Thomas Jefferson Papers
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To Thomas Jefferson from G. K. van Hogendorp, with Questions concerning America, 30 May 1784

From G. K. van Hogendorp, with Questions concerning America

  • [1.] Navigation.
    • 1. Allowance of Masters of Vessels.
    • 2. Wages of Sailors, 3. Their vitals [victuals].
    • 4. Number of Sailors on the smallest Sea-Vessel, on a common, on a big one.
    • 5. Tonnage of the smallest, of a common, of a big vessel.
    • 6. Bargains with the crew on Fisheries.
    • 7. Number of Vessels in the State.
  • 2. Fishery.
    • 1. Season of catching the Fish.
    • 2. Kinds of Fish.
    • 3. Curing of the Fish.
    • 4. Size of Vessels employed in Fisheries.
    • 5. Number of them before the war, last year, this year.
    • 6. Number of voiages to the fish grounds.
    • 7. Which fish grounds?
    • 8. Value of a fish cargo, of several sizes of vessels.
    • 9. Value of the oil
    • 10. Partition of the fish.
  • 3. Ship building.
    • 1. Bargains with Carpenters.
    • 2. What do they furnish?
    • 3. How many Dollars a ton?
    • 4. Difference of city and country price?
    • 5. From whence timber, plank, iron, masts, cordage,
    • 6. Sailduck, naval stores, etc.?
    • 7. What kinds of wood?
    • 8. How many ships launched in the State this spring?
  • 4. Freight.
    • 1. Is the freight higher or lower than before the war?
    • 2. In what manner is the freight paid on vessels owned by Inhabitants? How on vessels owned by english, dutch or french merchants?
  • 5. Importation.
    • 1. To what sum amount the imports of last year?
    • 2. Will they be as considerable this year?
    • 3. Are there many goods lying on hand?
    • 4. What kind of goods is, or has been, most in demand? and
      from which country?
    • 5. What duties are laid on importation?
    • 6. Is it probable they will continue?
    • 7. Which of them amount to a prohibition?
    • 8. Do the duties in fact raise the price of goods?
    • 9. Are goods cheaper or dearer than before the war?
  • 6. Exportation.
    • 1. What articles of exportation do you have in the State?
    • 2. Are not their prices too high for shipping?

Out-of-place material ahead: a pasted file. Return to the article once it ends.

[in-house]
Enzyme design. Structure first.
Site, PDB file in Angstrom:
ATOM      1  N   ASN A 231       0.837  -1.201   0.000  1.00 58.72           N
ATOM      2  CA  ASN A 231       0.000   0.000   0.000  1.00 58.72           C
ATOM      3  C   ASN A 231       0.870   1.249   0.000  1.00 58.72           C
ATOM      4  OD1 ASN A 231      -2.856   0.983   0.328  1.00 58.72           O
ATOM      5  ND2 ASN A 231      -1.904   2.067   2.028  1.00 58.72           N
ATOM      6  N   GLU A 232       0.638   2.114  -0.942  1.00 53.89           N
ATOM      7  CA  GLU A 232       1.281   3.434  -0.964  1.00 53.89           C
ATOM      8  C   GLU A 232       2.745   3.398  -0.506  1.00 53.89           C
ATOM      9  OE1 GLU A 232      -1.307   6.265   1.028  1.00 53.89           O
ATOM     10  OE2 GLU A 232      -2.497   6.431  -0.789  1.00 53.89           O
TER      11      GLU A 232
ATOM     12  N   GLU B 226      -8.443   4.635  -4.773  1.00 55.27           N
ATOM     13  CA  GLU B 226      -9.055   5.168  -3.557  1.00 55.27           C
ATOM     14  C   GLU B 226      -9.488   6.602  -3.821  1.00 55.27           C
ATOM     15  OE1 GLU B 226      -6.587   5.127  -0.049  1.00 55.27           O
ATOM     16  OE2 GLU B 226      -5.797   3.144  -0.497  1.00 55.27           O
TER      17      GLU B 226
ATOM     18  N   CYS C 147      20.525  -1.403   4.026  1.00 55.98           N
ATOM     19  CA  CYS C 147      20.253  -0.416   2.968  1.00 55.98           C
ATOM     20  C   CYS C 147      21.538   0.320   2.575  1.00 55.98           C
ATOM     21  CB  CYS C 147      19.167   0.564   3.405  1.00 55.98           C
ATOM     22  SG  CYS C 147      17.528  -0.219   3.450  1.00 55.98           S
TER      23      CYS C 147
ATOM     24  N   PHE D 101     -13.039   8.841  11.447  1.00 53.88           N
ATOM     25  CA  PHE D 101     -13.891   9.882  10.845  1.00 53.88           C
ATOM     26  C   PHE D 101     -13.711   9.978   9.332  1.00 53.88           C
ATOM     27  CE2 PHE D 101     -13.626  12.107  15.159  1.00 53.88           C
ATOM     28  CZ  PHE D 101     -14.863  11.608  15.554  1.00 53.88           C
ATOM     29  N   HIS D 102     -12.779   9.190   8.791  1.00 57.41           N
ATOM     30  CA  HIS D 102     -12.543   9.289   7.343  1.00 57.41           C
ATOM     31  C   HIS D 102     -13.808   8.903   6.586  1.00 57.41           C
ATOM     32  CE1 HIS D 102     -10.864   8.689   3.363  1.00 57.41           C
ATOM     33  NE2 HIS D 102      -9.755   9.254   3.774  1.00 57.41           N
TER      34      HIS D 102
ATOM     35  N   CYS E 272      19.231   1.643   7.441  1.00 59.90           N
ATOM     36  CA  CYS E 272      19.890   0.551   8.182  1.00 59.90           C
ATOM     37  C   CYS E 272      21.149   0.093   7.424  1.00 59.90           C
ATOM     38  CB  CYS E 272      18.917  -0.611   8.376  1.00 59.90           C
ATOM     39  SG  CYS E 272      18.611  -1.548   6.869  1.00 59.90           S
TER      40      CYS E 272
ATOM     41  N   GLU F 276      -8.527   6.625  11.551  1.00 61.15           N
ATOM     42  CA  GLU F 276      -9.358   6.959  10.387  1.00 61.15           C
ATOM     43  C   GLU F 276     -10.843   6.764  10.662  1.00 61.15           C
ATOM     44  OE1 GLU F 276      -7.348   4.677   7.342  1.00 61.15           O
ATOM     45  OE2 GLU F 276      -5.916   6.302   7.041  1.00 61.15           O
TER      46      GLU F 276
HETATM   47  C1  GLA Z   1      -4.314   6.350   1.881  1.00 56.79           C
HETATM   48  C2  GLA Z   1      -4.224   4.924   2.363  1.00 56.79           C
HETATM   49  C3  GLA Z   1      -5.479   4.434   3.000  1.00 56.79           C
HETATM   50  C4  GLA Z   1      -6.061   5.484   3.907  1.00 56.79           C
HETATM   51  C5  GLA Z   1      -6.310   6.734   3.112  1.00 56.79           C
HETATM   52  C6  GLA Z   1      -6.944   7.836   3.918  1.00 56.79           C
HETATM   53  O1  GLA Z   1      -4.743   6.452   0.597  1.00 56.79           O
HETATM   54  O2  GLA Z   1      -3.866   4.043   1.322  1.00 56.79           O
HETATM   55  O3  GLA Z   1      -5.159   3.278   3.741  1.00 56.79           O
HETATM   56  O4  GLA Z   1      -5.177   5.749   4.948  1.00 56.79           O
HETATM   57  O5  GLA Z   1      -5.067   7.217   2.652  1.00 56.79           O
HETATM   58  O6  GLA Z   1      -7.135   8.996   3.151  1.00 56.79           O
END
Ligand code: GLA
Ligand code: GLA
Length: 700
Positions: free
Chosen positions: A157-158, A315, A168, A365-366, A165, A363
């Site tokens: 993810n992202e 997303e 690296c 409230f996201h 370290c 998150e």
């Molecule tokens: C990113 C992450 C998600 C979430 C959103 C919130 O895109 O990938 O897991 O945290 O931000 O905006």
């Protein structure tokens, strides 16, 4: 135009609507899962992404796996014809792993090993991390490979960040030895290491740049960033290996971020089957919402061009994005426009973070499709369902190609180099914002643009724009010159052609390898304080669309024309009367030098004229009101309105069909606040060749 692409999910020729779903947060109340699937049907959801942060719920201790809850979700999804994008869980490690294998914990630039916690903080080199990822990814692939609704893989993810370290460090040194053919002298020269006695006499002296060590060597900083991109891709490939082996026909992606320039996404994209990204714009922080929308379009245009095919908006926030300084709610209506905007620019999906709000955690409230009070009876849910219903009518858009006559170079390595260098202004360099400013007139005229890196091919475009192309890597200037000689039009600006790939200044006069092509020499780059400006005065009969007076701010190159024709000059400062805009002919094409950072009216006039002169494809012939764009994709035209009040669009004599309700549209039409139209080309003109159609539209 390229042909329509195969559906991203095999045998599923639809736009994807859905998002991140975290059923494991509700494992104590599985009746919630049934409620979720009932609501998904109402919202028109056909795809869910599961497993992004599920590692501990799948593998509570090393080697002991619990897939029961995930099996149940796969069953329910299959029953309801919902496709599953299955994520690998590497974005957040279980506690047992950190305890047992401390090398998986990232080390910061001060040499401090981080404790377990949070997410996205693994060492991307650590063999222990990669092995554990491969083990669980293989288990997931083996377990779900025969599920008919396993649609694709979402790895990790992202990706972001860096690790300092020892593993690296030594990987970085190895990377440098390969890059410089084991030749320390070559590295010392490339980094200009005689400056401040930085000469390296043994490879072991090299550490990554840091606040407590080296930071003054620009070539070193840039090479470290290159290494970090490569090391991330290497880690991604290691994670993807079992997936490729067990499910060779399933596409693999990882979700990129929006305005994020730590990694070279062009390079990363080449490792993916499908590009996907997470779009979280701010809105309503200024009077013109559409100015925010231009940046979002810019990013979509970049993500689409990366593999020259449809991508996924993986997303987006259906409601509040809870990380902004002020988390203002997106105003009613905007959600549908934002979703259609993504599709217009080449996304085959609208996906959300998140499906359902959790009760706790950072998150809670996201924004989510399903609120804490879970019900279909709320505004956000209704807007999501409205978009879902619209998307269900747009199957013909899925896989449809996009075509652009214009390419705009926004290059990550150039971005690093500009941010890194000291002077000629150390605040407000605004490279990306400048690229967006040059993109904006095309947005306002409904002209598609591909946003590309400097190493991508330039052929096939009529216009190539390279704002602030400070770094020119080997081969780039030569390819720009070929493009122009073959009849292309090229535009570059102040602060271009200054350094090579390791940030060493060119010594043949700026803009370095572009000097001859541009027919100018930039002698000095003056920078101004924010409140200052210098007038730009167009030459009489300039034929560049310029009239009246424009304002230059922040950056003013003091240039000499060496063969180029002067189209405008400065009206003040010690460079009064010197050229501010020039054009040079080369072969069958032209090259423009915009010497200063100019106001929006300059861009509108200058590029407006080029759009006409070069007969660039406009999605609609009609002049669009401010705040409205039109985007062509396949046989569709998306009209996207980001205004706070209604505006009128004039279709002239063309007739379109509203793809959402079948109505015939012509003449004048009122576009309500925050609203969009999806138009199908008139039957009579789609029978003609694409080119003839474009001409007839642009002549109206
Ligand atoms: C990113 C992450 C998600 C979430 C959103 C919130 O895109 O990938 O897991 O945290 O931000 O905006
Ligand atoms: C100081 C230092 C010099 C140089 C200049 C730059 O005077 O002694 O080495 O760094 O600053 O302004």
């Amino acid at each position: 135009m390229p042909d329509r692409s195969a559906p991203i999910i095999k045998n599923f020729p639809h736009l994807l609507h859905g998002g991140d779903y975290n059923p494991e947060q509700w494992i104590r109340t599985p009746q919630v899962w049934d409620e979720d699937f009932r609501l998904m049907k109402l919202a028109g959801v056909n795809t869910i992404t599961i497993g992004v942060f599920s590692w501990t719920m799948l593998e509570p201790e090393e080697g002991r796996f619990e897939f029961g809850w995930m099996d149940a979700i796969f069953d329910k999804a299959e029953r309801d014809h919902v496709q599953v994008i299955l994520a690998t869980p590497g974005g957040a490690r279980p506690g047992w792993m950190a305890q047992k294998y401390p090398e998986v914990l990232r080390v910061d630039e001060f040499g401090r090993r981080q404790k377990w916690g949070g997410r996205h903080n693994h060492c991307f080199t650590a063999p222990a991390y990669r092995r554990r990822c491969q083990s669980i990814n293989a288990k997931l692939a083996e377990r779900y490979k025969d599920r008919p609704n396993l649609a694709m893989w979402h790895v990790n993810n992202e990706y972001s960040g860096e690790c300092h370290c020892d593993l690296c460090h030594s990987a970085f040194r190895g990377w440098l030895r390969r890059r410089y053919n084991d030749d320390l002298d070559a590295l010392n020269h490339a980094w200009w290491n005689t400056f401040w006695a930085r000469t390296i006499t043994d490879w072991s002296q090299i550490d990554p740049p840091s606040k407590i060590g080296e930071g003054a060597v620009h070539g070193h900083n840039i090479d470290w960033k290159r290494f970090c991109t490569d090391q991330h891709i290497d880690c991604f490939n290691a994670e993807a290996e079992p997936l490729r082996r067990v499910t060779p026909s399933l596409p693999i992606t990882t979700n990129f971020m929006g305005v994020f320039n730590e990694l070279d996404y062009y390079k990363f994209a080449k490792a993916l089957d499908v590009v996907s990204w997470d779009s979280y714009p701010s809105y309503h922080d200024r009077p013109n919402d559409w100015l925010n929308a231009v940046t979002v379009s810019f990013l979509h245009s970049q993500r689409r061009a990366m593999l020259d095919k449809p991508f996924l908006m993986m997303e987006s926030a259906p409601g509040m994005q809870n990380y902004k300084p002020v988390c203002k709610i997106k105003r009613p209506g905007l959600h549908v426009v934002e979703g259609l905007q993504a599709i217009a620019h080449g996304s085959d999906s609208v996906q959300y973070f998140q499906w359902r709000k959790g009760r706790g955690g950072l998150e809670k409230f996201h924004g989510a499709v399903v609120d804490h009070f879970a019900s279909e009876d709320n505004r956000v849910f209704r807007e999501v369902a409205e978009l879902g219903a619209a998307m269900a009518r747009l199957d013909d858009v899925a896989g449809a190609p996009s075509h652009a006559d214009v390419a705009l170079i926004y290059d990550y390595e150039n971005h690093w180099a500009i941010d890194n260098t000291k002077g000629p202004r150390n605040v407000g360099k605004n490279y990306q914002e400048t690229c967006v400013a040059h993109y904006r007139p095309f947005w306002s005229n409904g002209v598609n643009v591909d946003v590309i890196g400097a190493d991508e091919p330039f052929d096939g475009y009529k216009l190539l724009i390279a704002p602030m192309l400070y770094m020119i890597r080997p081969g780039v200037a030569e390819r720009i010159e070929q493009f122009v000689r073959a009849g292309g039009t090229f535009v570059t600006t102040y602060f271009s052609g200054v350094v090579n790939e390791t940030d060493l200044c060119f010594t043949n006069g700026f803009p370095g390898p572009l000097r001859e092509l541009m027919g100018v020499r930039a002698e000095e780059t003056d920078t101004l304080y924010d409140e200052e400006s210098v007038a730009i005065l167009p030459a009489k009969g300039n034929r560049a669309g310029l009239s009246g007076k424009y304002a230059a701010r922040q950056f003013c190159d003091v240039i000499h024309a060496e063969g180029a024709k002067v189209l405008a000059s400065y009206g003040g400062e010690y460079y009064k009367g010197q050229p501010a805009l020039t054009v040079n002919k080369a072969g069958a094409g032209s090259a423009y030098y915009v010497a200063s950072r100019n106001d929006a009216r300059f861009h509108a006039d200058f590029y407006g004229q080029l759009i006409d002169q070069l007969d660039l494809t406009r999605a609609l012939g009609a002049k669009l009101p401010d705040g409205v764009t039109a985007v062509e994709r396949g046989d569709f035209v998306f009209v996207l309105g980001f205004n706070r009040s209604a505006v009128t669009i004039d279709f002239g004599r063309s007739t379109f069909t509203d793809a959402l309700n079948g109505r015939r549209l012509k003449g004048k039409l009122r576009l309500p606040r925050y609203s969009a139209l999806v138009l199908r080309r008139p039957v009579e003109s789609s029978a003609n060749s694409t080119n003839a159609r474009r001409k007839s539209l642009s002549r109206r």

• 3. Where do they answer?
    • 4. What is their amount?
    • 5. How much do they fall short of the imports?
    • 6. How much dearer are they than before the war?
    • 7. Debt to Great Britain.1
    • 8. Within what time can it be paid without distress?1
  • 7. Price of labour.
    • 1. In the field, 2. In smith’s shops, 3. for rope walks, 4. for weaving, 5. for spinning, 6. on ship yards, 7. to house carpenters, 8. to Servants.
  • 8. Husbandry.
    • 1. Mode of farming, 2. common vitals [victuals] of the country-people, 3. Produce for home consumtion, 4. Proportion of woodlands to grain-fields and pasture, 5. building of houses and barns, 6. common number of bushels produced on an acre, 7. proportion of slaves, 8. consumtions of the country people, 9. Tenants, fee simple.
  • 9. Manufactures.
    • 1. In cities, 2. in the country, 3. home manufactures, 4. bespoken work, 5. former manufactures, 6. effect of peace and commerce restored upon them, 7. which are encouraged by duties on exportation.
  • 10. Population.
    • 1. Number of Inhabitants, 2. proportion of settled and unsettled lands, 3. encrease of numbers, 4. Militia, 5. migrations to back lands, 6. new settlers, 7. prevailing deseases, 8. laws respecting marriages 9. and wills.
  • 11. Government.
    • 1. Civil list, 2. are the offices of government an object of great desire, 3. how are they filled up, 4. is government respected, 5. does it act with energy.
  • 12. Treasury.
    • 1. Amount of the State’s debt, 2. how much within the State, 3. how are the treasurer’s bills, 4. are the interests regularly paid, 5. how do the people pay their taxes, 6. what do they still owe of the congressional taxes.

These are the questions, my dear Sir, which I have proposed to several Gentlemen of information, in order to get acquainted with the situation of affairs, and which will be answered to you much sooner than to a foreigner. At Boston I recommend you Mr. Russel, but generally I think it would be prudent to propose questions to several gentlemen at the same time. I pray you to communicate me the answers you will get in New York Boston Portsmouth etc. as I will show you greedily those I have got on my journey. Totus Tuus, Hogendorp

RC (DLC); numerals of all subheads are inserted in TJ’s hand and also the two queries indicated in note 1. Not recorded in SJL, perhaps because Hogendorp handed the MS to him when they met in New York. Since TJ only arrived there on 30 May, it is likely that he and Hogendorp discussed this project and revised the questions on one of the succeeding days before 5 June when TJ departed. As shown by the present MS and by the queries and notes on commerce printed below at end of June 1784, TJ acted promptly on Hogendorp’s suggestion. See also TJ to Hogendorp, 20 Nov. 1784. It is possible, of course, that it was TJ’s suggestion that prompted Hogendorp to make the present appeal, for he had already sent letters of inquiry of a similar nature to Izard and others (see under 22 May 1784).

1This query is inserted in TJ’s hand.

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